Another disadvantage of polyphenols is that they are very unstable and sensitive to environmental factors such as temperature, light, oxygen, acidic pH, and the enzymatic activity in the digestive system. These characteristics can decrease the concentration of polyphenols and even cause a total or partial loss of bioactivity [2]. Thus, in order to have an efficient oral bioavailability, the hydrophilic part of the natural compound (which ensures its dissolution in the gastrointestinal fluids) must be in a balance with the lipophilic part (which has a role in crossing the lipid biomembranes) [18].
    Over the years, attempts have been made to remedy these deficiencies by using various drug delivery systems to improve their bioavailability and therapeutic efficacy [8]. Among the approaches that were evaluated, formulation with cyclodextrins [19], simple emulsions, gels, and lipid nanocapsules [20], nanoemulsion [21], or liposomes [22][23] can be listed. Thus, researchers have managed to produce liposomes in which both hydrophilic and lipophilic substances can be incorporated, with high encapsulation efficiency and controlled drug release [24]. An advantage of these compounds is their ability to change the membrane’s fluidity, thus achieving easier distribution of plant extracts to the target site. At the same time, the extract has a soluble character, thereby readily determining its location in the structure of liposomes since hydrophilic extracts are encapsulated in the aqueous phase, and amphiphilic and lipophilic compounds are found in the lipid layer of the liposome to reduce a material loss [25][26].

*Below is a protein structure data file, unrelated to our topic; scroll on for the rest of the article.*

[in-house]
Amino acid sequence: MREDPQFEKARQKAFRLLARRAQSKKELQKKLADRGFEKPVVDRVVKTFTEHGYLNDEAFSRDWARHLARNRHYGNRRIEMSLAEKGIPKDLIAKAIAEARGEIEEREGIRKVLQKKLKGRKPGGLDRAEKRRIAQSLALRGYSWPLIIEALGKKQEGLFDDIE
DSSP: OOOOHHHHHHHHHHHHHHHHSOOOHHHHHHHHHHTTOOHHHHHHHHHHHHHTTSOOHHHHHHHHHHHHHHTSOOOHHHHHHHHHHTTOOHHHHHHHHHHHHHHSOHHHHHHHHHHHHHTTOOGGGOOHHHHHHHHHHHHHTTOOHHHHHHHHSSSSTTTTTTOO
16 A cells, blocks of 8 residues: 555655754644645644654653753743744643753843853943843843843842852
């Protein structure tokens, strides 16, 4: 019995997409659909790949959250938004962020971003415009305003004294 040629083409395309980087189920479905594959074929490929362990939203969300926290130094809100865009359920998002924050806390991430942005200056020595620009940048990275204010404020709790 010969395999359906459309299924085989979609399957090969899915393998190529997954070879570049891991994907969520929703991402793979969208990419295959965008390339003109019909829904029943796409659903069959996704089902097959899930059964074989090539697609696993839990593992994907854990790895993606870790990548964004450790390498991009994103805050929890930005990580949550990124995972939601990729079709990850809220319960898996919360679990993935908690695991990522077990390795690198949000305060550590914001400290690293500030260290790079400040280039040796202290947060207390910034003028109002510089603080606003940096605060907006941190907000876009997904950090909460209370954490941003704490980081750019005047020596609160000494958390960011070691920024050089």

In addition to studies based on polyphenols as therapeutic agents in new therapies and with the development of drug delivery systems, the role of these compounds extends beyond therapeutic agents. They can also be used as primary component modules in drug delivery systems that are innovative. Polyphenols are not only incorporated in drug delivery systems to treat various illnesses, but also frequently employed as fundamental components of novel drug delivery systems due to their significant biological activity. Thus, considering the low toxicity and availability of natural substances, the production of novel drug delivery systems takes advantage of the physical and chemical characteristics of naturally active substances to achieve the design and assembly of drug delivery systems [27].
    Polyphenols’ intrinsic amphiphilic characteristic is, thus, critical for their use as functional components in novel drug delivery systems. Specifically, the hydroxy groups of polyphenols (as a hydrophilic component) are responsible for this, acting as donors or acceptors of hydrogen bonds, thus playing a role in the interactions between polyphenols and a wide variety of bioactive substances or carriers. In contrast, the aromatic benzene unit of polyphenols (as the hydrophobic component) allows other materials to be hydrophobic, which aids in the development of drug delivery methods [27].
    Therefore, due to the chemical structure of polyphenols, they can be combined with a wide variety of materials, such as metals, proteins, polymers, and small molecular compounds through hydrogen bonds, covalent bonds, metal coordination bonding, π–π stacking, and hydrophobic and electrostatic interactions. Polyphenols can not only successfully facilitate drug loading and delivery when combined with other bioactive materials or small molecules, but also safeguard the effective components and nanostructure of drug delivery systems [27].

    3. What Is a Liposome?